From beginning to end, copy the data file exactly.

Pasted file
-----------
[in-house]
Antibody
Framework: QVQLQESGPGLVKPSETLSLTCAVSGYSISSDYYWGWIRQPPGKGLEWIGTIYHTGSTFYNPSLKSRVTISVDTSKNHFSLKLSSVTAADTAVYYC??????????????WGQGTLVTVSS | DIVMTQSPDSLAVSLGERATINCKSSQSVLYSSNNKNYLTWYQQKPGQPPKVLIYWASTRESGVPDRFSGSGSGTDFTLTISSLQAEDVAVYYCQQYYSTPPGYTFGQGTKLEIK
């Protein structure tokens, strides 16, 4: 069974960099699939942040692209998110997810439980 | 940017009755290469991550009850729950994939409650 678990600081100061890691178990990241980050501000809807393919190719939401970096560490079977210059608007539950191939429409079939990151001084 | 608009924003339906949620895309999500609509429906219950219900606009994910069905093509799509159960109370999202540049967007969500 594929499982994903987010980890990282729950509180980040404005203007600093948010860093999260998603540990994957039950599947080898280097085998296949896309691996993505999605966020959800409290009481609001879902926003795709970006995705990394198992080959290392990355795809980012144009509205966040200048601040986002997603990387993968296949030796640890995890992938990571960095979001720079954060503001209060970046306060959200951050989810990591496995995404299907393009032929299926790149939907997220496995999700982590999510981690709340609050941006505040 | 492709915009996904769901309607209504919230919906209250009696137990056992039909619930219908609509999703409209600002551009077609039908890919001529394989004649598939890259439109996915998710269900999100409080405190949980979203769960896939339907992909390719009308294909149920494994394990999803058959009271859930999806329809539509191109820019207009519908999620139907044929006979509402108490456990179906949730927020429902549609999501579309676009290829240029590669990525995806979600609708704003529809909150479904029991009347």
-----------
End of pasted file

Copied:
[in-house]
Antibody
Framework: QVQLQESGPGLVKPSETLSLTCAVSGYSISSDYYWGWIRQPPGKGLEWIGTIYHTGSTFYNPSLKSRVTISVDTSKNHFSLKLSSVTAADTAVYYC??????????????WGQGTLVTVSS | DIVMTQSPDSLAVSLGERATINCKSSQSVLYSSNNKNYLTWYQQKPGQPPKVLIYWASTRESGVPDRFSGSGSGTDFTLTISSLQAEDVAVYYCQQYYSTPPGYTFGQGTKLEIK
């Protein structure tokens, strides 16, 4: 069974960099699939942040692209998110997810439980 | 940017009755290469991550009850729950994939409650 678990600081100061890691178990990241980050501000809807393919190719939401970096560490079977210059608007539950191939429409079939990151001084 | 608009924003339906949620895309999500609509429906219950219900606009994910069905093509799509159960109370999202540049967007969500 594929499982994903987010980890990282729950509180980040404005203007600093948010860093999260998603540990994957039950599947080898280097085998296949896309691996993505999605966020959800409290009481609001879902926003795709970006995705990394198992080959290392990355795809980012144009509205966040200048601040986002997603990387993968296949030796640890995890992938990571960095979001720079954060503001209060970046306060959200951050989810990591496995995404299907393009032929299926790149939907997220496995999700982590999510981690709340609050941006505040 | 492709915009996904769901309607209504919230919906209250009696137990056992039909619930219908609509999703409209600002551009077609039908890919001529394989004649598939890259439109996915998710269900999100409080405190949980979203769960896939339907992909390719009308294909149920494994394990999803058959009271859930999806329809539509191109820019207009519908999620139907044929006979509402108490456990179906949730927020429902549609999501579309676009290829240029590669990525995806979600609708704003529809909150479904029991009347």